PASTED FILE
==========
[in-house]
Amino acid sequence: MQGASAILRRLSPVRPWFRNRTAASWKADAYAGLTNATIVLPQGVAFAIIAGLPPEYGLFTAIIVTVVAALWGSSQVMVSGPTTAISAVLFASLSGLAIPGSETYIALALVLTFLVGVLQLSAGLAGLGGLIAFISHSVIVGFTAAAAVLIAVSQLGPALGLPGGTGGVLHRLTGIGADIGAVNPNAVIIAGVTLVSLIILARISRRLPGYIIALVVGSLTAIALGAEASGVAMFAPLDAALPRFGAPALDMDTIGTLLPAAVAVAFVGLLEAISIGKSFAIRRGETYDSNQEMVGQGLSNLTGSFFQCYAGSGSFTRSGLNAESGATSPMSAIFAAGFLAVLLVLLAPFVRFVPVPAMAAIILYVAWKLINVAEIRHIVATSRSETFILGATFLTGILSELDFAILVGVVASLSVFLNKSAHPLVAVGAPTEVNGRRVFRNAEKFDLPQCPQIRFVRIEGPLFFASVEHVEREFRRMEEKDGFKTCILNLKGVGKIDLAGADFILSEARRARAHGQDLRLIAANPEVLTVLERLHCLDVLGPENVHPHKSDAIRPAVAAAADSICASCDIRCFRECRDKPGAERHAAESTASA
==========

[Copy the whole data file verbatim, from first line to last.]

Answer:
[in-house]
Amino acid sequence: MQGASAILRRLSPVRPWFRNRTAASWKADAYAGLTNATIVLPQGVAFAIIAGLPPEYGLFTAIIVTVVAALWGSSQVMVSGPTTAISAVLFASLSGLAIPGSETYIALALVLTFLVGVLQLSAGLAGLGGLIAFISHSVIVGFTAAAAVLIAVSQLGPALGLPGGTGGVLHRLTGIGADIGAVNPNAVIIAGVTLVSLIILARISRRLPGYIIALVVGSLTAIALGAEASGVAMFAPLDAALPRFGAPALDMDTIGTLLPAAVAVAFVGLLEAISIGKSFAIRRGETYDSNQEMVGQGLSNLTGSFFQCYAGSGSFTRSGLNAESGATSPMSAIFAAGFLAVLLVLLAPFVRFVPVPAMAAIILYVAWKLINVAEIRHIVATSRSETFILGATFLTGILSELDFAILVGVVASLSVFLNKSAHPLVAVGAPTEVNGRRVFRNAEKFDLPQCPQIRFVRIEGPLFFASVEHVEREFRRMEEKDGFKTCILNLKGVGKIDLAGADFILSEARRARAHGQDLRLIAANPEVLTVLERLHCLDVLGPENVHPHKSDAIRPAVAAAADSICASCDIRCFRECRDKPGAERHAAESTASA